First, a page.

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This Ps. is an appeal to God as the righteous Judge against an ungrateful and vindictive enemy. Nothing is known of Cush the Benjamite, but the case of Shimei affords a parallel to the circumstances here referred to (2 Samuel 18:21). The absenee of any Scripture mention of Cush makes it all the more probable that the title of this Ps. is genuine, and not invented. The Psalmist asserts his own innocence (Psalms 7:1-6), calls on God, the righteous Judge of all the earth, to exercise His power against evil-doers (Psalms 7:7-13), and describes how the malice of the wicked works its own defeat (Psalms 7:14-17).
Title.—Shiggaion] perhaps, ’a wandering (i.e. changeful) melody.’
3. If I have done this] with which Cush charged him. See further in Psalms 7:4.
4. The second clause may be read without the parenthesis, ’or despoiled him that without cause was mine adversary.’
5. Take] RV ’overtake.’ Mine honour] RV ’my glory,’ an equivalent for ’soul’ and ’life’ in the previous parallel clauses. Selah] see on Psalms 3:4.
6. Awake for me] a daring figure, as if God’s delay had been due to sleep. To the judgment that, etc.] RV ’thou hast commanded judgment,’ i.e. exercised the justice of which Thou art the source.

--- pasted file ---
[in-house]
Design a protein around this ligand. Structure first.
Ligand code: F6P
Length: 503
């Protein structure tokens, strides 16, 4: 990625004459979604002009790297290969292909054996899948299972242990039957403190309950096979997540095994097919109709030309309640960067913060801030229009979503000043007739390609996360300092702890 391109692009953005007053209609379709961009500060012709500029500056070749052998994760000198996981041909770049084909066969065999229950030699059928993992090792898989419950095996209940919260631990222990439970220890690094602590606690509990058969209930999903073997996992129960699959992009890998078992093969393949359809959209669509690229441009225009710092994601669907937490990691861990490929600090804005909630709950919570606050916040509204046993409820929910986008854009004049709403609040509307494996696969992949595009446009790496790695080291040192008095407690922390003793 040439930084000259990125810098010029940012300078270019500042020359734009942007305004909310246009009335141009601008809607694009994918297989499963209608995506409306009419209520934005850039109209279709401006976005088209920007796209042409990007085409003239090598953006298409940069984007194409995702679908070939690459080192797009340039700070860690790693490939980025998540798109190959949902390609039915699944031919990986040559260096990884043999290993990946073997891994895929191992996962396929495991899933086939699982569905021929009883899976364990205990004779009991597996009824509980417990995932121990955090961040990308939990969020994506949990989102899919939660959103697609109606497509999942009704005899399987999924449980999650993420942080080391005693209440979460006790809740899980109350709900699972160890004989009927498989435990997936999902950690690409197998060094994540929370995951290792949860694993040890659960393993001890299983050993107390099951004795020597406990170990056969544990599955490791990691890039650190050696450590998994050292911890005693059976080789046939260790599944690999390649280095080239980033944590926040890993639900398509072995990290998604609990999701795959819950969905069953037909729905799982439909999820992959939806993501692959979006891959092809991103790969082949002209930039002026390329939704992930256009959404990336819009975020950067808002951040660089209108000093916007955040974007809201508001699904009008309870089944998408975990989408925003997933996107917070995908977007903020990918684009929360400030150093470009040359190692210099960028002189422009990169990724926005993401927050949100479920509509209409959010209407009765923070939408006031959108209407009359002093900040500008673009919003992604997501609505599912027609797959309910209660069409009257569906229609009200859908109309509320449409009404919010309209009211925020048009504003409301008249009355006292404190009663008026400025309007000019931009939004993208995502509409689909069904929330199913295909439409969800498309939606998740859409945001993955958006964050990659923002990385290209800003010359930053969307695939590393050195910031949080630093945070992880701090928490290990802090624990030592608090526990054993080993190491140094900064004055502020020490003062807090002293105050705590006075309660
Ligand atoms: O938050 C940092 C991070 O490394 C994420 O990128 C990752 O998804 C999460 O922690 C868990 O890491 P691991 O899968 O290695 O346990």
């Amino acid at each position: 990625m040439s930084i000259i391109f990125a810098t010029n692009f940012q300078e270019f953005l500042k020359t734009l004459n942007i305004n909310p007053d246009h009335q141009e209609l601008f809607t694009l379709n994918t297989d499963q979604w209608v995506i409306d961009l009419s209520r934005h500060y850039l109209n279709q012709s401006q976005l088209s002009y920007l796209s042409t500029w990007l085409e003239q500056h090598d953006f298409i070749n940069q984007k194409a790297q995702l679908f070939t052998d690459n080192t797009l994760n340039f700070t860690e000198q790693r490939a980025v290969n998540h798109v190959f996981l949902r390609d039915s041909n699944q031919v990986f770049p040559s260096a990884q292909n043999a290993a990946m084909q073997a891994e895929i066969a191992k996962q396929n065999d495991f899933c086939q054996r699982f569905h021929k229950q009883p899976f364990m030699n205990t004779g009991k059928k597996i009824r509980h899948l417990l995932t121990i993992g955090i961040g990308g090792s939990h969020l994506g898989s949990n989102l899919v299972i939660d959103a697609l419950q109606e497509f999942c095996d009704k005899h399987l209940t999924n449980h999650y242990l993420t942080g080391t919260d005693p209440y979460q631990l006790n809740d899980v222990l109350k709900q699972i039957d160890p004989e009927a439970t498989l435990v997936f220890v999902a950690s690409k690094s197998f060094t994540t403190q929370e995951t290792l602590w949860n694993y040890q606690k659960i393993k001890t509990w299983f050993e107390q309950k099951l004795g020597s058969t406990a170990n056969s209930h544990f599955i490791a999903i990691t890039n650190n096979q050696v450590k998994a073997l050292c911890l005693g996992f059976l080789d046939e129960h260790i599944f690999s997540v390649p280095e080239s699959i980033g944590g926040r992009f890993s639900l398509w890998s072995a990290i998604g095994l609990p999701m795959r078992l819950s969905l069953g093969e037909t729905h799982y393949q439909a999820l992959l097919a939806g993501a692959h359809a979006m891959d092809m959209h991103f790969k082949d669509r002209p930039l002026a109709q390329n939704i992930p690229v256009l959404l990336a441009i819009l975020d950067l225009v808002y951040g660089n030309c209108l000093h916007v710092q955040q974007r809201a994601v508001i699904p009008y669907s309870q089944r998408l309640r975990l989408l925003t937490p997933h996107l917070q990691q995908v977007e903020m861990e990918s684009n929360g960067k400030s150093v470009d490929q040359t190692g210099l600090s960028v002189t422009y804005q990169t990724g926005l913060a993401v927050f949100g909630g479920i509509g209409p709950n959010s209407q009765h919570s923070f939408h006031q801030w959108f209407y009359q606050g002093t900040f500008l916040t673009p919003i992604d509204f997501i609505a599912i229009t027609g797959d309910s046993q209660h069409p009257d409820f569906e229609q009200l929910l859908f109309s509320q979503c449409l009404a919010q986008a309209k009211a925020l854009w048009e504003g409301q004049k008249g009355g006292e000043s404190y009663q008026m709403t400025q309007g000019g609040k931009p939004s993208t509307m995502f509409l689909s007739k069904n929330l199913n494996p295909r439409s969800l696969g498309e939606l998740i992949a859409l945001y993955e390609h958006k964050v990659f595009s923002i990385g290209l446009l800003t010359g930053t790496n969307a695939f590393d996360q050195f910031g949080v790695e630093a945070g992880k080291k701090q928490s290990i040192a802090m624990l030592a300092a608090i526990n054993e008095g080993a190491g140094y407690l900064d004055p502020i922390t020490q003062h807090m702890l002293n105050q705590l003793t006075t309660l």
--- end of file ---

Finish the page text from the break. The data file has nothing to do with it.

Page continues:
7. So shall, etc.] RV ’and let,’ etc. People] RV ’peoples.’ So in Psalms 7:8. An assize of all the nations is pictured. For their sakes, etc.] RV ’over them return thou on high,’ or ’sit thou above them,’ i.e. in judgment.
8. Shall judge] RV ’ministereth judgment to.’
9. Just] RV ’righteous,’ the same epithet which is applied to God. The hearts and reins] the whole inner life. The reins are the kidneys, and are spoken of like the heart, the bowels, and the internal organs generally, as the seat of thought and feeling.
11. Read, ’God is a righteous judge, yea, a God that hath indignation everyday.’
12. Read, ’If a man turn not He (God) will whet,’ etc.
13. He ordaineth, etc.] RV ’He maketh his arrows fiery shafts’The sense is parallel with the last clause of Psalms 7:12.
14. There is a transition at this point from God to the wicked man.
15. He made] RV ’he hath made.’ The evil he planned for others comes on himself.
16. another figure for the same thing. Mischief is like a stone thrown up, which falls back upon the thrower’s head. Pate] Old English for ’head.’
17. All that has been said illustrates the righteousness of the Lord, which is accordingly the ground of this concluding ascription of praise.
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Dummelow, John. "Commentary on Psalms 7". "Dummelow's Commentary on the Bible". https://studylight.org/
the Fifth Week after Epiphany